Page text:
January 18, 2001, 10:21 AM — FILLING IN ITS Java portfolio, Allaire announced at its second annual user conference on Monday in Washington that it bought the Kawa Java IDE from Tek-Tools.
Allaire is developing a way to move its cost-sensitive visual development user base to Java, according to Mike Gilpin, an analyst at Cambridge, Mass.-based Giga Information Group.
"They're undergoing a challenging transition. But the thing they understand best is their target audience," Gilpin said.
He added that the target audience consists of developers who use visual markup tools, but cannot afford to spend $100,000 on beefier products such as IBM's WebSphere.
* Acquired Kawa, a Java IDE from Tek-Tools
* Introduced Spectra 1.5, adding content versioning, caching, content authoring, and an extensible Webtop
* Unveiled Allaire Business Platform, featuring application servers, visual tools, and application frameworks for WAP (Wireless Application Protocol) and iMode standards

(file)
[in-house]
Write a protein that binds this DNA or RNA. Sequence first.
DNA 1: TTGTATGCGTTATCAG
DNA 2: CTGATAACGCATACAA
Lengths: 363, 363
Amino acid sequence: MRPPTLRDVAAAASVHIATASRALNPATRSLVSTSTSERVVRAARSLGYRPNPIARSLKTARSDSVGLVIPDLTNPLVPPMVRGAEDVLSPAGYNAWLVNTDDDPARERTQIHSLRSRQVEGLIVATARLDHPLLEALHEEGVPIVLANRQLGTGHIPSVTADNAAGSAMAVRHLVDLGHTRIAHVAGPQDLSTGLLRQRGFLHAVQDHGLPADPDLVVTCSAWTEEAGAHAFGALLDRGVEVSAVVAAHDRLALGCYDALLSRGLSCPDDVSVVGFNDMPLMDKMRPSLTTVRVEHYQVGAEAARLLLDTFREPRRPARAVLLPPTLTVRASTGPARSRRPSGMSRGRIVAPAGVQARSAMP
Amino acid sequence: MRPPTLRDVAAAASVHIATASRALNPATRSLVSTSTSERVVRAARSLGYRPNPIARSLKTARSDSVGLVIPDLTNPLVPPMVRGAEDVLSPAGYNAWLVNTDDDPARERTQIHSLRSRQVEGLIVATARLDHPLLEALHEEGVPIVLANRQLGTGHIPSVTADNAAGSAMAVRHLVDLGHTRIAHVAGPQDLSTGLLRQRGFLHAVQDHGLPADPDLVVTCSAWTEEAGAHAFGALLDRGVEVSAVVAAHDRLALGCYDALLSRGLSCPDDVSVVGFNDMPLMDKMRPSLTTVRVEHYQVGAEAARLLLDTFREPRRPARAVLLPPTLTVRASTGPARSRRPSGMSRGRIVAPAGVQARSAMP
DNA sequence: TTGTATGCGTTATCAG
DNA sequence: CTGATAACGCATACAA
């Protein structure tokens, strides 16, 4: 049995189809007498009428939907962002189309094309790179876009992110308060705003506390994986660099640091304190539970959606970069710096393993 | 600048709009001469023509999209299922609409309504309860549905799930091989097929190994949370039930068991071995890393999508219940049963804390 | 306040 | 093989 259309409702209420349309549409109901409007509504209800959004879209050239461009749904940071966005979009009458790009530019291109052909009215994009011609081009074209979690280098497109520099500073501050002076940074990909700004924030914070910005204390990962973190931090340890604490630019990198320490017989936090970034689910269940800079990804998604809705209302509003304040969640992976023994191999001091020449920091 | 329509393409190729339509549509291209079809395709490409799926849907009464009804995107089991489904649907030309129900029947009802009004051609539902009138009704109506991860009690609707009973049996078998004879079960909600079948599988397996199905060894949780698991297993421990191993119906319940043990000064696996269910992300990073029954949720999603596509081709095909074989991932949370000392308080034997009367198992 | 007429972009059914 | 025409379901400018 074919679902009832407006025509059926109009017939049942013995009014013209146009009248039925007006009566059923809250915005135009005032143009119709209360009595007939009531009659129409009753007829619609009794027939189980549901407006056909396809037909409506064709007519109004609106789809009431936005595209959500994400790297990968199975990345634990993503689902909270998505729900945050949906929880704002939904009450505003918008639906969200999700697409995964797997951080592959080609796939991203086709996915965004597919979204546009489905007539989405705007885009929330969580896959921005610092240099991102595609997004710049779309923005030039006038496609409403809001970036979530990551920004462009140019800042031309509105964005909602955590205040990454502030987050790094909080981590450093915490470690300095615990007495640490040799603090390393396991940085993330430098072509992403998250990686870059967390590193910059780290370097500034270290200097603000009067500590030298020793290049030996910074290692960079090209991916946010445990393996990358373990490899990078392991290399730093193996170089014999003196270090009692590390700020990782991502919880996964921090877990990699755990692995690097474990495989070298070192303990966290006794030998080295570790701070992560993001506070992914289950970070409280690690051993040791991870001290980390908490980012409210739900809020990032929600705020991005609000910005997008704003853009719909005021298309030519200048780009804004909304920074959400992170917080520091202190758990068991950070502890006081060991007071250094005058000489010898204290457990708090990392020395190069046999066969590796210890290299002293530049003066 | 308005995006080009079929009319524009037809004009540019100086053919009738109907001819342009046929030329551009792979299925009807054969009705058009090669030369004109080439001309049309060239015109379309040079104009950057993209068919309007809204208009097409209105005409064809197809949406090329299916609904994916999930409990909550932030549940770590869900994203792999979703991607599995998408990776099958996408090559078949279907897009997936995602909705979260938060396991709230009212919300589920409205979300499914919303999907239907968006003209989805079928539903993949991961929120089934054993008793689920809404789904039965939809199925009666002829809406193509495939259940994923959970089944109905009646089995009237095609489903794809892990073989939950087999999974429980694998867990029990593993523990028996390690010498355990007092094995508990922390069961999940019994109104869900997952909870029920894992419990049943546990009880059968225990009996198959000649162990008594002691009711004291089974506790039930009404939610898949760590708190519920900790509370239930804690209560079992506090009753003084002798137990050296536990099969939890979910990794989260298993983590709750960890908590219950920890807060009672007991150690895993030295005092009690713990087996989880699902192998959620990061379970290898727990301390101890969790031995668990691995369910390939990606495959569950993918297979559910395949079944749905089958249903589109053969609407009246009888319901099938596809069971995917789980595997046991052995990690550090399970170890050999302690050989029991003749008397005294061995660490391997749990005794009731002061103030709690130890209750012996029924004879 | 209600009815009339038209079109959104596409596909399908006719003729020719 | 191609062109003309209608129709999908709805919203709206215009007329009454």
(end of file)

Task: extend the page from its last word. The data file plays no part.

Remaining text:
With those developers in mind, Allaire plans to integrate the Java IDE with its Web application server ColdFusion, according to CTO Jeremy Allaire.
"One of the benefits of moving ColdFusion to run Java is better interoperability," Allaire added.
Allaire also will position Kawa as complementary to its JRun Studio, which is targeted at JavaServer Pages (JSP) and Java Servlet development.
The acquisition gives Allaire the ability to offer customers visual tools for building Web applications on the Java 2 Enterprise Edition (J2EE) platform, such as server-side Java development, and also provides strong support for advanced features, including Enterprise JavaBeans development and remote debugging.
Gilpin said that the Java technology will help Allaire compete with other J2EE application server vendors, such as market leaders IBM and BEA Systems, as well as other significant players such as Sybase and SilverStream Software.
Language choice among Allaire's installed base is uncertain, Gilpin added. "Clearly, those people are still out there, but there's uncertainty about where they're going," he said.